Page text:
I absolutely love road trips–the scenery rushing past my car window, my thoughts dancing about in my head and conversation floating throughout the car. The journey can make travel stressful, but it can also be an extremely refreshing, productive time. Whether you’re road tripping through the south of France or along the West Coast, here are 7 road trip essentials.
1. Conversation starters
I’ve had some of the best conversations in the car–not in a coffeeshop, not on a couch, not on the phone. While good conversations can happen in those places, there’s something about the longevity of the journey and unspoken permission for silence in the car. Although Riley and I weren’t super close before we starting carpooling the school, that daily time in the car is something we both attribute to us becoming best friends.
Intentional unintentional time is vital for any relationship, even though that phrase doesn’t make a lick of sense at first glance. It’s good to have that time sitting across the table having constructive or hard conversations, but it’s also necessary to have unstructured time–to let whatever random thought flutter across your mind, not just “what did you do today?”
Some questions to get below the surface level: what is your high and low moment of the week? What’s been the best part of the last semester? What’s been hard about this year? What’s one good thing that happened this week? What’s one thing you’re looking forward to?
Road trip snacks–are they necessary? No, not really unless you’re driving from L.A. to NYC without stopping, which I don’t recommend. But snackies make the journey more enjoyable. Cate and I stopped at Sonic to grab drinks for the trip to go with the cookies I’d already bought (so healthy, I know). And if I’m the one driving, I need a kick of caffeine to get me through the trip.
3. A boppin’ playlist
A good playlist can make time fly and lighten the mood if the journey gets a bit trafficky or quiet. After good conversations, it’s the car singing + dancing sessions I remember most. Also think about downloading some podcasts for your journey. My dad and I typically listen to a podcast together on road trips, which then leads to a good conversation about it (see #1, double whammy!).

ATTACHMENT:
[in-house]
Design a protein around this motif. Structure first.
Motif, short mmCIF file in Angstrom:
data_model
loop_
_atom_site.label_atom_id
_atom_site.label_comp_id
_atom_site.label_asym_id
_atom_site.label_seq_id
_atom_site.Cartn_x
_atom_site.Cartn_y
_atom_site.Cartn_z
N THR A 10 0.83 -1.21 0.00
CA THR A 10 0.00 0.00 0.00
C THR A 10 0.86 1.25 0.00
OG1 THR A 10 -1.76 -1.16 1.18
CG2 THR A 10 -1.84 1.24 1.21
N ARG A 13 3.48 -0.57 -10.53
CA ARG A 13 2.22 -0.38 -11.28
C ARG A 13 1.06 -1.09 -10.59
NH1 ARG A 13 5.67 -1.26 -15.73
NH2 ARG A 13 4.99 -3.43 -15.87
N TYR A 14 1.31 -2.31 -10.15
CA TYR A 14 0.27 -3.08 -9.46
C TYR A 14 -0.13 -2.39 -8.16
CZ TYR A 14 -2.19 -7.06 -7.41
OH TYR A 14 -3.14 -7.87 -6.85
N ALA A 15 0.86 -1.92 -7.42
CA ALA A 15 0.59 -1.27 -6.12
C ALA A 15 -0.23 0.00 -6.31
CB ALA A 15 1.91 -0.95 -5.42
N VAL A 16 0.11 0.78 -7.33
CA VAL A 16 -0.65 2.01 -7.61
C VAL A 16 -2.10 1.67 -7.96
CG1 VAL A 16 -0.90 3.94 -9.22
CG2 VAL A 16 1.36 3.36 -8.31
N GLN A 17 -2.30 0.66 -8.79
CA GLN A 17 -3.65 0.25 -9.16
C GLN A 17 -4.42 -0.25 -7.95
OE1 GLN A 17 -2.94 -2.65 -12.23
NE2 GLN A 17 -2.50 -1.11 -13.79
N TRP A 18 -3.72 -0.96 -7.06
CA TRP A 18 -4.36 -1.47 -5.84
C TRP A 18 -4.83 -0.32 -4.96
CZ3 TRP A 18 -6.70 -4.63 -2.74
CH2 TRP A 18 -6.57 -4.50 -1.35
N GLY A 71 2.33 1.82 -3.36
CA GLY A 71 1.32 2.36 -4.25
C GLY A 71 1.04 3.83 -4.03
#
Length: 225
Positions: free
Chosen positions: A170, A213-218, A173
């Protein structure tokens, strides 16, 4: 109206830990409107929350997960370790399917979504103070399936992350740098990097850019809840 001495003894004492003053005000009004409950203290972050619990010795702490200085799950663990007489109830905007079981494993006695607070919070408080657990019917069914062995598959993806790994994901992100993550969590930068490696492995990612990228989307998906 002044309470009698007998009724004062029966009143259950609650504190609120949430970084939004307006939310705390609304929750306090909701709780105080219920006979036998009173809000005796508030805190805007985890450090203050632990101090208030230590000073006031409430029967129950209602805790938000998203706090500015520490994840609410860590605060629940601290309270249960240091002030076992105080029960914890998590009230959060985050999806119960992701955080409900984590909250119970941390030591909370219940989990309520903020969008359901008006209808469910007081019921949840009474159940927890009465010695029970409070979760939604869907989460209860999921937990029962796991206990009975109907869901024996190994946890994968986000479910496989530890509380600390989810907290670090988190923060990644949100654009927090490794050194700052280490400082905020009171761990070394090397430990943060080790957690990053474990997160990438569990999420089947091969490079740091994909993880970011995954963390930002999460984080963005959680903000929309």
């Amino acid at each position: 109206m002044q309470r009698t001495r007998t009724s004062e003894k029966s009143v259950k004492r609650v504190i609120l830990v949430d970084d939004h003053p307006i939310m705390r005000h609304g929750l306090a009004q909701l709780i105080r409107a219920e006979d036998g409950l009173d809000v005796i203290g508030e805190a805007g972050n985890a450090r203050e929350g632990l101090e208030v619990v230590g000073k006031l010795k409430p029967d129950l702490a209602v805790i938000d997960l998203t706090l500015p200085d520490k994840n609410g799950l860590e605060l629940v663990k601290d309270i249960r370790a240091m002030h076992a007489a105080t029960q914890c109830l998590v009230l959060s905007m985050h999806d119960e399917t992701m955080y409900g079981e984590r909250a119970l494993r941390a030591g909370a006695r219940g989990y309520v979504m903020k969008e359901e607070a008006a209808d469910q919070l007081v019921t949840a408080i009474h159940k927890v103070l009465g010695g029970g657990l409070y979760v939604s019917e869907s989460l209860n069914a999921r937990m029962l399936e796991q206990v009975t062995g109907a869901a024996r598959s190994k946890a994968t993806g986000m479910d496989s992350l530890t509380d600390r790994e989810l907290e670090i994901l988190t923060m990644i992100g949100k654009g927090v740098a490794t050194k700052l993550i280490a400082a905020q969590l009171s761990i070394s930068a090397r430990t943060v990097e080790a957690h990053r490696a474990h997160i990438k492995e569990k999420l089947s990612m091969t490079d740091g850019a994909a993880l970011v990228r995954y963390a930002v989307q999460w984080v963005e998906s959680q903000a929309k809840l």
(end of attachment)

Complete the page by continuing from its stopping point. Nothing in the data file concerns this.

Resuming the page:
Some of my favorite road trip albums: A Rush of Blood to the Head by Coldplay + Folk Hop N’ Roll by Judah and the Lion (oh yeah, remember that time I met them?) Here’s my travel-themed playlist to add to your queue.
4. Trip logistics
To be able to fully enjoy the journey, make sure you have your trip logistics lined up and ready to rumble; think tickets, reservations, itinerary, etc. Nothing’s worse than being 30 minutes into the journey and realizing you forgot the train tickets or you don’t know where you’re meeting the rest of your group.
It’s the 21st century, so don’t forget to pack those phone chargers, laptop chargers and portable chargers–and keep them close! You might’ve overlooked #4 because you already have your plane ticket, hotel reservation and museum tickets saved on your phone, but if you’re phone is dead, what good does that do?
6. Reading material + work
Depending on how long your road trip is, consider bringing some reading material or work to get done. I personally don’t get much done on car or plane rides because I’m too focused on my upcoming adventure or I frankly just don’t feel like it. But for longer rides, you might need a break from your traveling companions or actually need to send some emails for work.
Blech. I’m not the most patient of people – ask anyone. But adding this to your road trip “packing list” will make the time more enjoyable for you and your group. Don’t be in a hurry, and don’t let hiccups become sore points. On the way to St. Louis, Cate and I hit standstill traffic, which added about an hour to our trip. It was frustrating, but we chose to jam out to our playlist of killer throwbacks.
Go ahead and stop to smell the roses. On a recent day trip with my boyfriend, we took time to see his neighborhood and the route he took to school growing up. Sure, it added time, but it made the trip more meaningful than an in-and-out.
It’s okay to stop too. I was raised to believe otherwise, and on longer road trips, these may need to be planned out more strategically. But sometimes you need to hop off the exit because your drooping eyes are calling for a caffeine fix. Other times, nature calls, and you can’t make it two hours without going to the bathroom. (True story, guilty as charged.)
The bottom line is road trips are part of the experience. Once I stop looking at these as a method to get to point A to point B but part of the entire trip, I gain much more from the overall travel time.